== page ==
Another week, another batch of markers entered by the contributors at the Historical Marker Database. This week, 63 new entries from the states of Arkansas, Georgia, Maryland, Missouri, New Jersey, Ohio, Pennsylvania, Tennessee, and Virginia. Each major theater of the war is represented! Here’s the highlights:
– From Tybee Island, near Savannah, Georgia is what I term a “placeholder” marker discussing the Federal batteries involved with the reduction of Fort Pulaski. A nearby informational sign shows an artist concept of a project aiming to recreate one of the batteries.
– East of Atlanta’s Hartsfield-Jackson Airport is a cluster of markers indicate nearby points of interest. Two relate the history of the nearby “Rough and Ready.” Another of the set explains how civilians were evacuated out of the city of Atlanta after the Federal occupation.
– Six markers around Jonesboro, Georgia discuss the August 31 – September 1, 1864 battle which helped seal the fate of Atlanta.
– From Maryland this week is the impressive Union Soldiers and Sailors Memorial in Baltimore.
– Also from Maryland, a new Civil War Trails marker placed outside the Monocacy Battlefield visitor center tells the story of the “Lost Order” from the Antietam Campaign.
– A couple of markers in Clinton, New Jersey indicate the final resting spot of General George W. Taylor. Taylor was mortally wounded on August 27, 1862 leading his Brigade in one of the actions leading up to Second Manassas.
– Yet another impressive, if weathered, Civil War monument stands in Delaware, Ohio.
– Our single Pennsylvania entry this week is not from Gettysburg, but rather in Bucks County north of Philadelphia. Hiram Williams Pursell was awarded the Medal of Honor for actions at Fair Oaks, May 31, 1862.
– From the Trans-Mississippi Theater, two new marker entries support my posts on Chalk Bluff (part 1 and part 2). One marker is on the Missouri side of the St. Francis River, where most of the fighting occurred. The other marker, on the Arkansas side of the river, cites an action which occurred on May 15, 1862, a year before the battle. All told four markers relate the activities at Chalk Bluff in the Civil War.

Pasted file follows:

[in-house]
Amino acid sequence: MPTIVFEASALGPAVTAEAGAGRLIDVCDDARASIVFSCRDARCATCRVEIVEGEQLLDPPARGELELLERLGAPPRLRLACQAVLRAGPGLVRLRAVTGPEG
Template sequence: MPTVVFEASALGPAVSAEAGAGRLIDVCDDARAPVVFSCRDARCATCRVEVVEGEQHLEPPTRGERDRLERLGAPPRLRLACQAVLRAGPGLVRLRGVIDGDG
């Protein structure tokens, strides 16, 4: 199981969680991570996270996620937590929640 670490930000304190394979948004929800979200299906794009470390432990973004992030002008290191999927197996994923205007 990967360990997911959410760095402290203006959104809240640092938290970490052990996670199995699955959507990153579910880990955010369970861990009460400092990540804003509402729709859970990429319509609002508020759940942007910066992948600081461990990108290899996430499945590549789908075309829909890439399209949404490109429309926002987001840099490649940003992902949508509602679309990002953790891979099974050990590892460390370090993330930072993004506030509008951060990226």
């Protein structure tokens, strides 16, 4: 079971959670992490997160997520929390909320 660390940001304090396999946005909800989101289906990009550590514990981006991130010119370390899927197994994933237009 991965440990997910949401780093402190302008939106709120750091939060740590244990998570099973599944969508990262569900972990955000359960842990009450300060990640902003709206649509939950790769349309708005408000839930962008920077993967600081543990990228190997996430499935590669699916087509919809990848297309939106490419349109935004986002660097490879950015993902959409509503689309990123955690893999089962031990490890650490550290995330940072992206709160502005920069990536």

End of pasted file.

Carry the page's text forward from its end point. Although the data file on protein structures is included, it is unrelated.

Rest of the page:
– Four entries this week explain the Battle of Island No. 10 from the Tennessee shore. One marker probably relates more about the battle than most books on the subject, and includes a map. These complement the only marker on the Missouri side to the battle, at New Madrid. I have a trip report in my queue.
– Just north of Aldie is a small marker for Loudoun Agricultural and Mechanical Institute, one of the first (if not the first) agricultural college. Why is it here on our Civil War updates? Well John S. Mosby overnighted there during the battle of Aldie.
– Ten markers this week detail Civil War activities in Powhatan County. Three indicate Gen. R.E. Lee’s last camp site on the Appomattox Campaign – A Civil War Trails Marker, A Virginia State Marker, and an SCV plaque. “…The last night he spent under canvas….”
– Other markers in Powhatan County point to Derwent, were Lee stayed after the war until accepting an appointment to Washington College.
– In Goochland County, Virginia several markers this week relate to the Dahlgren Raid. These include Sabot Hill, home of James Seddon, Confederate Secretary of War, where Dahlgren stopped on March 1, 1864.
– Almost on the Southeast Virginia border, a marker in Franklin, Virginia discusses the war in the Blackwater-Chowan Corridor. This is one in a set of markers at a kiosk, which also relate the town’s importance as a supply center. Other markers in the Franklin area mark the Blackwater Line at both Joyner’s Ford and Blackwater Bridge.
– And anytime we have a new marker for Wade Hampton’s Beefsteak raid, I’ve got to mention it! We’ll have a set of related markers for this later.
– Lastly, eleven additions to the Manassas Battlefield Park sets. Sorry, Harry, these are all from the 2nd Manassas field, along the Deep Cut and Brawner Farm trails. Note the effect of tree clearing in these photos. While criticised by many, as at Gettysburg, the clearing has opened new vistas on the battlefield. The entire northern trail system just seems more inviting.
Closing this week, you’ll notice there were no Gettysburg entries. The project is at a convienent pause point. Every tablet, marker and monument I can locate on the battlefield has been entered. (and if anyone knows of more that have escaped my camera, please do contact me.) There are several spots further afield associated with the campaign that I need to visit in order to collect some markers. Closer to the field, only a small number of markers in Gettysburg itself are in the database. That will require a “street by street” trip. And another un-represented set are the Hospital signs placed by the Historic Gettysburg – Adams County Society. At this time I don’t know if those should be “markers” or just locations mentioned on the main marker entries. At any rate there are still a lot of markers for other “hunters” to chase down on their visits to Gettysburg.
In the mean time, after taking this week off, I’ll start populating and refining the supporting Gettysburg marker pages on this blog. First off is the partially completed “Battlefield by Locations” page. Next up are sets related by order of battle.